The country remains poised for further trouble, with a large quake in or around Istanbul feared possible in the coming days. “We’re expecting a 7.5-magnitude earthquake in Istanbul,” Turkey’s Interior Minister Suleyman Soylu warned in a live broadcast.
Turkey, which has a history of powerful earthquakes, faced a 7.6 magnitude quake in August 1999 in the western city of Izmit, which killed over 17,000 people, while another in 2011 in eastern city of Van killed more than 500.
However, not all lessons have been learned. Now, as then, authorities have been quick to criticize people who have questioned spending of funds raised by special earthquake taxes, meant to make vulnerable areas more resistant.
Turkish prosecutors were quick to launch an investigation against Turkish actress Berna Lacin, after she shared her views on earthquake taxes on social media platform Twitter, asking: “Where are they spending all the quake taxes that have been collected so far?”
About 63 billion lira ($10.598 billion) was collected in special taxes following the 1999 earthquake, which became a permanent tax in 2004.
Turkish politician Mahmut Tanal criticized the lack of transparency over the collection and allocation of funds, saying: “The taxes are not used as promised, but they are still being collected although humanitarian assistance … is not conducted anymore.”
He suggested that funds meant for earthquake relief and damage mitigation were being channeled toward other government budgets.
Burak Bilgehan Ozpek, a political scientist at TOBB University in Ankara, was also critical of the use of earthquake funds.

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33 - people killed so far by the earthquake that rocked Elazig province and four in the neighboring Malatya province, with over 1,600 injured.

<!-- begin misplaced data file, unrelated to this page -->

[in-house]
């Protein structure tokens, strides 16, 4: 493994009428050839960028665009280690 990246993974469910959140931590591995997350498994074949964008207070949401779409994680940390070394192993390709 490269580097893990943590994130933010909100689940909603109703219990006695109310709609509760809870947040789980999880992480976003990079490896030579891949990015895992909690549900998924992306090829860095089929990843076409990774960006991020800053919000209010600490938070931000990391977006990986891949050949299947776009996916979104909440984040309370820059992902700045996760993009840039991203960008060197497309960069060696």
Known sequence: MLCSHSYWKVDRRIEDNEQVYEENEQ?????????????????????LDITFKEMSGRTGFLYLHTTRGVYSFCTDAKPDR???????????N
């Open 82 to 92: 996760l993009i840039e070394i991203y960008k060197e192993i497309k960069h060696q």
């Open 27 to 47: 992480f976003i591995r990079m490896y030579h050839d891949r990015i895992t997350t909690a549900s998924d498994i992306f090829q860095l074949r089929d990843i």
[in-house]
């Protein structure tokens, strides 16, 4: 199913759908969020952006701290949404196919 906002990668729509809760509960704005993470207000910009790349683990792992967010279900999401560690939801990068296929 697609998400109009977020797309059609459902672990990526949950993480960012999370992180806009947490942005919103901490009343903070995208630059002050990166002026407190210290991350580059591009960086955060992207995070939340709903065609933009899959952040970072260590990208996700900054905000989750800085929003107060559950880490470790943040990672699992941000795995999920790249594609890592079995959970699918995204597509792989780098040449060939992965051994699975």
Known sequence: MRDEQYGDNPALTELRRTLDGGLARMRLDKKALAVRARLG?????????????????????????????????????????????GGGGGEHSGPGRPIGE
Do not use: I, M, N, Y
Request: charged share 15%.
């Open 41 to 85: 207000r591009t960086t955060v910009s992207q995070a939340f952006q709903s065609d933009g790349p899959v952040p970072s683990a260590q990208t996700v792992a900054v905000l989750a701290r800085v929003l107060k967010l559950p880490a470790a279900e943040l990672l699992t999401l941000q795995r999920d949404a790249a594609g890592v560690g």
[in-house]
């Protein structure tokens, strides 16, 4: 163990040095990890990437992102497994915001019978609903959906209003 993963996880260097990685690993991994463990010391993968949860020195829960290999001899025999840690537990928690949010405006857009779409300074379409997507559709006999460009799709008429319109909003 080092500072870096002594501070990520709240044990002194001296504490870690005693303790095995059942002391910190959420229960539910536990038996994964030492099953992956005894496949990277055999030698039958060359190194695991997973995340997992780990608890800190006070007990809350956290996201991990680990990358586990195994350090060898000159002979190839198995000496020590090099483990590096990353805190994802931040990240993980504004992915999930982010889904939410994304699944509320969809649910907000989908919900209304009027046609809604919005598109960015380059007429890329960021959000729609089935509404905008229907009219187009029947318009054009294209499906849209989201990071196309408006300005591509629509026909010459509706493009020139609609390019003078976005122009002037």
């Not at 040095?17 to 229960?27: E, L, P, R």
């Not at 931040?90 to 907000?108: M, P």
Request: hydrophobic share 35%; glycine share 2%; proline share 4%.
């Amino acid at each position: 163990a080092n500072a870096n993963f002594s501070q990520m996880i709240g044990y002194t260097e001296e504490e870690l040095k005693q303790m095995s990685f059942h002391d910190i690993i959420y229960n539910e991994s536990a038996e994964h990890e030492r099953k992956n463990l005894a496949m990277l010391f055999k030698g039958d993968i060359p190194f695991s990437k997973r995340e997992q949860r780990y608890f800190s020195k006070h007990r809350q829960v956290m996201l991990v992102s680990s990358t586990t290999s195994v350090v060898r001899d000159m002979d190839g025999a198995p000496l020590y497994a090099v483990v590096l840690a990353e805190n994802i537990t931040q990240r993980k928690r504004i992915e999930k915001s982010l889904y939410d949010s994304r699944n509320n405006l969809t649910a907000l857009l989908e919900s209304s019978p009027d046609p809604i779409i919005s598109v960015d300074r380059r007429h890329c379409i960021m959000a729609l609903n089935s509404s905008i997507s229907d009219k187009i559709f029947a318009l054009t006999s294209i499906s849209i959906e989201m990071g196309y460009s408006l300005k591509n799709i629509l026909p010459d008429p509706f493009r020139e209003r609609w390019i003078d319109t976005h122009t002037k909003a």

“Elazig’s reconstruction … has not been planned well by the municipality, and the result has been a disorganized city. That is the real danger. The fight against earthquakes should start first by the construction policies of municipalities,” he said.
Award-winning scientist Naci Gorur criticized Turkey’s lack of policies concerning preparation for potential earthquakes.
Gorur, who has conducted extensive research on fault lines in the country, had alerted authorities of the possibility of an earthquake in Elazig, where he is from, three months before the Jan. 24 quake struck.
Meanwhile, the natural disaster has served as a point of contention in ongoing political hostilities between the Turkish government and separatist Kurdish factions.
The pro-Kurdish People’s Democratic Party, claiming it had attempted to send aid to the region to assist beleaguered residents, released an official statement on Sunday, saying: “Delivery of two aid trucks … for Elazig earthquake victims has been obstructed by the Interior Ministry.
“There can be no explanation for blocking humanitarian aid to people in need. We call on the government to stop such practices at once.”
Turkish President Recep Tayyip Erdogan, meanwhile, visited Malatya in the aftermath of the earthquake on Saturday.